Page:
Tools that Serve My Intention

With intention come the tools to achieve it. Without awareness of a means to achieve fulfillment, intention would be an endless unfulfillable experience.

Intention Tools

I use tools to serve my intention to be whole. These are based on body and mind working together to achieve intended outcomes to serve the cause of need and its effect on fulfillment of this intention:

  • Purpose provides motivation to a cause with a specific effect.

    1. What specific form does my tool take? Ex: My body and my mind in its form and thought capabilities provide a means for carrying out the need of my intention.
    2. How do I use this tool? Ex: The actions of my body and the thoughts of my mind work to achieve specific goals for my intention.
    3. Why do I use this tool? Ex: My logic supports my life story.
    4. Who am I as a result of using this tool? Ex: My identity, symbolically represents my cause to serve.
  • Certitude – provides conviction to my purpose. An imagined ability to see, envision cause and effect within a scope of my direction.

    1. What specific form does this tool take? Ex: Generational beliefs and philosophies.
    2. How do I use this tool? Ex: Experience and acceptance from others.
    3. Why do I use this tool? Ex: My reasons based on principles and perceptions
    4. Who am I as a result of using this tool? Ex: relational perspective of self and use of imagination.
  • Predictability – provides an advantage of pattern-recognition in cause-effect relationships. Makes things possible through trust.

    1. What specific form does this tool take? Ex: Comparing and assigning values based on usefulness to me; relating certain types of patterns with success.
    2. How do I use this tool? Ex: Habitual behavior and attitudes depend on the continuous search for patterns I trust.
    3. Why do I use this tool? Ex: Prediction algorithms save me energy and time.
    4. Who am I as a result of using this tool? Ex: My ability to maintain patterned beliefs and ritual behavior symbolizes success through prejudiced predictability – a sense of rightness. Result: I feel successful, therefore, I’m validated.
  • Justification – provides reason and logic to a storyline that defends a perspective.

    1. What specific form does this tool take? Ex: If this/then that thinking creates equations from a closed perspective -> you hurt my feelings = you don’t care about me.
    2. How do I use this tool? Ex: I’ve created an imaginary world of reasonings designed to escape pain and convince me and others I’m right. I justify my perceptions in order to prove my intention and purpose.
    3. Why do I use this tool? Ex: Convincing is more important to me than the truth.
    4. Who am I as a result of using this tool? Ex: I take on a persona tailored to justify blocking interdependence and connection, “I’m right and you’re wrong!”

As I become aware of my intention to be whole, I apply different tools that work to fulfill the implied needs. In the process of fulfillment, I have an experience I call my life.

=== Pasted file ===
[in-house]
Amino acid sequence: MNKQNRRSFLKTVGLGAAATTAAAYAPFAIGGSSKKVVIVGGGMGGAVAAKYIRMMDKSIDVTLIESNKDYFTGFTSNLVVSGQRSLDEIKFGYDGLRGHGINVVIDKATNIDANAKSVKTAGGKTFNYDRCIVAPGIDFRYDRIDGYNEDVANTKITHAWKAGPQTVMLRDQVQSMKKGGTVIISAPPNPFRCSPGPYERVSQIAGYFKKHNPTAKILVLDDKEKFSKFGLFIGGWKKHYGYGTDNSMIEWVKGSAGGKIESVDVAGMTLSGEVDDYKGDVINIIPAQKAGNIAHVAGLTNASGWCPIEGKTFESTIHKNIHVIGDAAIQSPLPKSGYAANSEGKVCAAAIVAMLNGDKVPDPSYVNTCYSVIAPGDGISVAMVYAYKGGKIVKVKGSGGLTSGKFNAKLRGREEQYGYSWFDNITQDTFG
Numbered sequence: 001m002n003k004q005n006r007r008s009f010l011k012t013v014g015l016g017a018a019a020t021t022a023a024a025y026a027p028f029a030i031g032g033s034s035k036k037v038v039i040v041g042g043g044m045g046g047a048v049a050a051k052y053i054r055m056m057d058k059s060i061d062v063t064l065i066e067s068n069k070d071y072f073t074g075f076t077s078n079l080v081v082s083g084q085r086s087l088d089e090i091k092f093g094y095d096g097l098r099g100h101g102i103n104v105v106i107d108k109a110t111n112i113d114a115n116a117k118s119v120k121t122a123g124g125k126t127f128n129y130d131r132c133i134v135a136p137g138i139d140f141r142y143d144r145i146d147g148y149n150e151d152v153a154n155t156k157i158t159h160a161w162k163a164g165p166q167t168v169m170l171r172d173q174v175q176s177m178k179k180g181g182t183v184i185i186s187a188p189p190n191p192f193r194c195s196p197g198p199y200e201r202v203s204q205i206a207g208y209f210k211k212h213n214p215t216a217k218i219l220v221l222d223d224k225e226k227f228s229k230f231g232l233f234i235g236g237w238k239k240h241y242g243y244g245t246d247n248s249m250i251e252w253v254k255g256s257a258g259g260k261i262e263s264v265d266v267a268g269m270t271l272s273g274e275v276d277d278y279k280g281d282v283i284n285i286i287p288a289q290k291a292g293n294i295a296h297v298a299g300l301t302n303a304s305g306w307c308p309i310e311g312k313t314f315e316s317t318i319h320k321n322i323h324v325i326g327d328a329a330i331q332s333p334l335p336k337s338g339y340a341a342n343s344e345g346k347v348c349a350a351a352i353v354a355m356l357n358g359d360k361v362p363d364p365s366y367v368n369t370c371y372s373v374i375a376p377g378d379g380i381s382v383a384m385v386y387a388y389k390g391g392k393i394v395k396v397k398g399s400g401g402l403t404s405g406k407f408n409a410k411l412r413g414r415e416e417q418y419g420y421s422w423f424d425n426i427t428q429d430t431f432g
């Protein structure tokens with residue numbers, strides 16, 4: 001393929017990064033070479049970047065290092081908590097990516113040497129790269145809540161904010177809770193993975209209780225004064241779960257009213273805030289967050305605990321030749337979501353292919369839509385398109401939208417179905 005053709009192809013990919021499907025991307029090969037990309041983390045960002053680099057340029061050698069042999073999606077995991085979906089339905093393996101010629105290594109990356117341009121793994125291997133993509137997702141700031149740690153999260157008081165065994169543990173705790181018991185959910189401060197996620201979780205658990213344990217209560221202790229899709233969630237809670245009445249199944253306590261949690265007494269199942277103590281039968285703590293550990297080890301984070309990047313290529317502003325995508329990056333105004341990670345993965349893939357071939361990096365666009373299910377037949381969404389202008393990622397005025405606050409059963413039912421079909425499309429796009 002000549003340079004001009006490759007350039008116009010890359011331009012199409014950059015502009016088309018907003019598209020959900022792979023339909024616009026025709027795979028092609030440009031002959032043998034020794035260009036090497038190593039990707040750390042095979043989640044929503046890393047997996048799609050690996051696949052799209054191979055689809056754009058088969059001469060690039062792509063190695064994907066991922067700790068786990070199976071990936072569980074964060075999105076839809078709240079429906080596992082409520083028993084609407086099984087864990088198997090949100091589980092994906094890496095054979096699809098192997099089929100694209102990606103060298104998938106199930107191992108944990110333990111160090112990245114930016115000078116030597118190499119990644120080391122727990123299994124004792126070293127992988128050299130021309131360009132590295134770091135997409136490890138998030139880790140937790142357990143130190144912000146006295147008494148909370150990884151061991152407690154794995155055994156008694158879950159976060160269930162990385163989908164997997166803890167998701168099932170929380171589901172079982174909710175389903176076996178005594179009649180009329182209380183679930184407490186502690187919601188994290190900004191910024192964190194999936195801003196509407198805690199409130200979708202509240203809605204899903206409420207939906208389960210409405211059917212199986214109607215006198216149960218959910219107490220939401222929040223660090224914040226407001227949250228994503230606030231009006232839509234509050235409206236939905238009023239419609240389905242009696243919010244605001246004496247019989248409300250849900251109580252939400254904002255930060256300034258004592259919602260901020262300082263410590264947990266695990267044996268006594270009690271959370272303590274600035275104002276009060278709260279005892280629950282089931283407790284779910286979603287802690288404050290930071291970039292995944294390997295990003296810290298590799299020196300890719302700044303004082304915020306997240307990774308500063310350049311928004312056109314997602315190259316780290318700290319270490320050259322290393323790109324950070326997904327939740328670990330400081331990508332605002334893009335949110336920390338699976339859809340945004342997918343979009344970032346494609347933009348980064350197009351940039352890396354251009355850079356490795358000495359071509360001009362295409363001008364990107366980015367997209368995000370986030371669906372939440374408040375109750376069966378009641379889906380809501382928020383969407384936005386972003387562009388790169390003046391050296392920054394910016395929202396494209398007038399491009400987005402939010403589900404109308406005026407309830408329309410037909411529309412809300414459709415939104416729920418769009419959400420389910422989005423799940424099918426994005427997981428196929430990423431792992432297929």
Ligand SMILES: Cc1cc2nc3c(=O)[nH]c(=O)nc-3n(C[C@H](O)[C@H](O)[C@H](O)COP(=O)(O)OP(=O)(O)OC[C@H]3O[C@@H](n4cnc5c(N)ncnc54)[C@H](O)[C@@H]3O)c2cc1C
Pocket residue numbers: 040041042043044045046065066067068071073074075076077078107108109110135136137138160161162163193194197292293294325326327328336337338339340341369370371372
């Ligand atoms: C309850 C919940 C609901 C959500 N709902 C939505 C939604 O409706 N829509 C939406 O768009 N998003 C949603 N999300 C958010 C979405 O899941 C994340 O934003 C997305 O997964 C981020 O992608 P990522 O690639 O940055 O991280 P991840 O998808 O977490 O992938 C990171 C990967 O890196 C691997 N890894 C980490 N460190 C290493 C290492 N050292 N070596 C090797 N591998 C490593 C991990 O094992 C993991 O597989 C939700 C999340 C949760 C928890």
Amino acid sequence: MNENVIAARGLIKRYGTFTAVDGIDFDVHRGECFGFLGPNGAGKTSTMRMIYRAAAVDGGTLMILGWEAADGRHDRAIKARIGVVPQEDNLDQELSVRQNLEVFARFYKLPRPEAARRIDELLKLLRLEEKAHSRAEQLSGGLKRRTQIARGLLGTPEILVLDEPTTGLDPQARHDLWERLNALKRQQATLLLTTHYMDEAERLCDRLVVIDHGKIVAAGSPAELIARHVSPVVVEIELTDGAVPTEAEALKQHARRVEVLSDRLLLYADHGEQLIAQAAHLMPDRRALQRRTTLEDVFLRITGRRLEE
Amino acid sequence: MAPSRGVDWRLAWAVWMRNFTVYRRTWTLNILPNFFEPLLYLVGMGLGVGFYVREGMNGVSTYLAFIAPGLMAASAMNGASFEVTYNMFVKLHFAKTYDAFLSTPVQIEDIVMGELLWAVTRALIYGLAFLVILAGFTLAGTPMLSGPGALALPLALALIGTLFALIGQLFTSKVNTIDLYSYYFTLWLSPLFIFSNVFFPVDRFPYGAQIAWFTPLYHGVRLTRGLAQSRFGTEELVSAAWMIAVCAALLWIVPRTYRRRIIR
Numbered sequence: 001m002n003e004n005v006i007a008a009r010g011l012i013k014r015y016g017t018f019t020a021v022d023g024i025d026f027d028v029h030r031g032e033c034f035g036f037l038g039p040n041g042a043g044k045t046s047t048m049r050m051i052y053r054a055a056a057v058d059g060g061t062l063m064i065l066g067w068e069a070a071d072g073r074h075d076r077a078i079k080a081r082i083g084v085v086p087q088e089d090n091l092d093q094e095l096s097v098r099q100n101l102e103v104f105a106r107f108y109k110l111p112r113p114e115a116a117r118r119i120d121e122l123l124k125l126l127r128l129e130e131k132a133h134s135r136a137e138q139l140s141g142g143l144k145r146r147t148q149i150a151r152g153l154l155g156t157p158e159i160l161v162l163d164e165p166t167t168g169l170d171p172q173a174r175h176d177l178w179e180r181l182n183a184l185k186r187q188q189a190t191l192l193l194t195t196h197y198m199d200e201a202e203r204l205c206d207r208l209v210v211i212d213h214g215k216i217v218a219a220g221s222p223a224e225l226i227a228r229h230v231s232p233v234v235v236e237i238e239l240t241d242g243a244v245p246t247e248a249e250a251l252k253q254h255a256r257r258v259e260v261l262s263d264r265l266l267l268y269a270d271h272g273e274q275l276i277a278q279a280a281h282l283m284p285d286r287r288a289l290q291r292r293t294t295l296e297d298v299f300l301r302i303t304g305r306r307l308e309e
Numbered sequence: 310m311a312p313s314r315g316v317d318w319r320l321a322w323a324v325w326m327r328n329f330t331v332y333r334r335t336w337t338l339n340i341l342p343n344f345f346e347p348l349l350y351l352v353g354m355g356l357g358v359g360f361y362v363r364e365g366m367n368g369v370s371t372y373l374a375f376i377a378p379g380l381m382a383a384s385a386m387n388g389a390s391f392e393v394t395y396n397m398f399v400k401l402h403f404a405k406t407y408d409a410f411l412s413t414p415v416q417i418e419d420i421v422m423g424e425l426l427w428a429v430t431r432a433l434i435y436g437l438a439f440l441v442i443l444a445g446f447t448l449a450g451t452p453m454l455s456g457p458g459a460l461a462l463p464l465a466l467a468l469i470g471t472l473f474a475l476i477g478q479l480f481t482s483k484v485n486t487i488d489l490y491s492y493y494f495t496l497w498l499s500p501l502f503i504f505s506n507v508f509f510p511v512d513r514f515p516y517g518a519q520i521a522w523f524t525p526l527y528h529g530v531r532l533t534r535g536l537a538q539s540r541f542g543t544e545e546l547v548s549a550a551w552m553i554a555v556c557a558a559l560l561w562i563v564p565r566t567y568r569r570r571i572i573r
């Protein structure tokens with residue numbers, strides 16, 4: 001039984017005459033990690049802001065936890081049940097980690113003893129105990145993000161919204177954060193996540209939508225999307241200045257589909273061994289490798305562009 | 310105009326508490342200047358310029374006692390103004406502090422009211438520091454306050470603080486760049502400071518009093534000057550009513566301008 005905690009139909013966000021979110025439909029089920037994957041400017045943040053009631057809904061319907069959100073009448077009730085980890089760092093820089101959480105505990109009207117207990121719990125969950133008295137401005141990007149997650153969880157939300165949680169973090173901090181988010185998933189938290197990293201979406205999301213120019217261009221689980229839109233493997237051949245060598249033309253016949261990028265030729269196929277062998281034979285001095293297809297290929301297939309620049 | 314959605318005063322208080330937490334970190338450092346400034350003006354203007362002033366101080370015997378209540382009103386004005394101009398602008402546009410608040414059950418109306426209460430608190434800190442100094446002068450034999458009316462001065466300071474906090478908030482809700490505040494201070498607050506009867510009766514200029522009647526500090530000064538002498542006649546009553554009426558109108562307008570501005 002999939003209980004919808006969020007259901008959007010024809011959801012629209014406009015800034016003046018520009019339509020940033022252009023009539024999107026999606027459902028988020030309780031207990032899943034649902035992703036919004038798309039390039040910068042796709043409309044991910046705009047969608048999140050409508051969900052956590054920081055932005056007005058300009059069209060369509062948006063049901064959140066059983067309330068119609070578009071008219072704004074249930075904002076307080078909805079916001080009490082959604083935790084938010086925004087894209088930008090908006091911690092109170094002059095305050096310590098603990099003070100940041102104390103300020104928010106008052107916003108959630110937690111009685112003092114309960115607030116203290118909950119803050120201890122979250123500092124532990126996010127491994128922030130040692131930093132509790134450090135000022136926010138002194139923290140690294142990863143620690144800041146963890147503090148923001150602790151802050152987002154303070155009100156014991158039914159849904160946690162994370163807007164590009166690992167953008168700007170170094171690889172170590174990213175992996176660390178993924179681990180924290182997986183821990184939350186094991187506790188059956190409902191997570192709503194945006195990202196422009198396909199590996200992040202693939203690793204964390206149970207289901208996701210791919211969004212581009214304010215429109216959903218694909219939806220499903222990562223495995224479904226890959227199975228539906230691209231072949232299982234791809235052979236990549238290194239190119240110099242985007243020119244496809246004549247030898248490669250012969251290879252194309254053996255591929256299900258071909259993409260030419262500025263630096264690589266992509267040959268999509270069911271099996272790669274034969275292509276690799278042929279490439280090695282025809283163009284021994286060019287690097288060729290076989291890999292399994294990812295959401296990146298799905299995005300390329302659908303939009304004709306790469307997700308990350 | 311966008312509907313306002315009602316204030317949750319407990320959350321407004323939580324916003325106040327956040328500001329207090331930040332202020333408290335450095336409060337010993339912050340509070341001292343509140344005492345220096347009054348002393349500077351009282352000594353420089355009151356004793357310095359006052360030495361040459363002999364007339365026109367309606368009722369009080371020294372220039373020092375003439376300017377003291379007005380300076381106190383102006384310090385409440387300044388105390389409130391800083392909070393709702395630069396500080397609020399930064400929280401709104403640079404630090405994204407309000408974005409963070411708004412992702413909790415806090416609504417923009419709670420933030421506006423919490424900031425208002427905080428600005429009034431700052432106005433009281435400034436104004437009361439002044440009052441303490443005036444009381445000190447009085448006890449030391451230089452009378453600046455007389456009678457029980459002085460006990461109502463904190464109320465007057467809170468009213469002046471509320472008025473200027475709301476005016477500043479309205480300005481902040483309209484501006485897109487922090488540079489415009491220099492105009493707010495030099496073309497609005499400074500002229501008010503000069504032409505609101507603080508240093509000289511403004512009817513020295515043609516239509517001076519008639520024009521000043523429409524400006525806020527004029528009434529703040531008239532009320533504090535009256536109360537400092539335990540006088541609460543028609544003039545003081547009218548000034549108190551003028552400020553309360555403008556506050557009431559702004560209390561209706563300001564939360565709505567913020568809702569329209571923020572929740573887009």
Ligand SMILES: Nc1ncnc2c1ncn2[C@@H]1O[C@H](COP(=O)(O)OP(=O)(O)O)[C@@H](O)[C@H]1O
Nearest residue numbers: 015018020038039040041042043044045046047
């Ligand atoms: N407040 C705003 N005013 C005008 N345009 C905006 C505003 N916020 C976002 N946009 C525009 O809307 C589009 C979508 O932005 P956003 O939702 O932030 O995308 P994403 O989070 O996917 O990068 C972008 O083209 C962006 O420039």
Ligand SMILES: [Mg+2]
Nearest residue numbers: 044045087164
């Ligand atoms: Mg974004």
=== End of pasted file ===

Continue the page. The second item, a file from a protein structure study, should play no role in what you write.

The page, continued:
The Anatomy of My Perception

As a fundamental principle of thought, perception functions to provide an awareness of experience. Awareness acts as a bridge between two aspects of one mind: conscious and subconscious. That’s a paradox that serves to keep the dream alive by dividing up what is from what isn’t within each aspect. That which gives feedback is also what is receiving it, for example.

I apply this paradoxical system to separate my perception into parts I can integrate into a whole. This results in an effort to resolve the conflict. Awareness of many perceptual experiences compile into one way of understanding my world. I then take that system for granted – a shortcut that saves me some brain power.

My Perception System

My system of biased perceptions has two aspects of defense. These are intentions based on giving needs-to-satisfy input and receiving needs-satisfied output. I need to experience what the physical requirements provide. Thus, I satisfy that need by having the experience:

Sensual –

Feedback from physical senses provides opportunity for experience in specific ways at the physical level, like eyesight. The form, shape, and accompanying characteristics of an intelligent expression of life. For example, teeth, claws, fur, colors, patterns, and etc., form a lion. Form represents the means for sensory input/output feedback – diet, environment, need fulfillment. A form is interpreted by the intention for and by that design. The lion intends to justify its body form through its adherence to the demands required of that form and function. Thus, the lion senses itself.

Mental –

This aspect interprets sensual feedback by comparing patterns and probable patterns to identify benefit or threat from the environment to the whole system. This provides meaning to the experience. The sensually perceived explanation of form implies a need to behave in a specific way to fulfill the intention it supports. Thus, it must satisfy its existence as capable of becoming and being whole. This is the aspect of design understanding and justification. Judgments come as a result of the interactions between the mental and emotional aspects.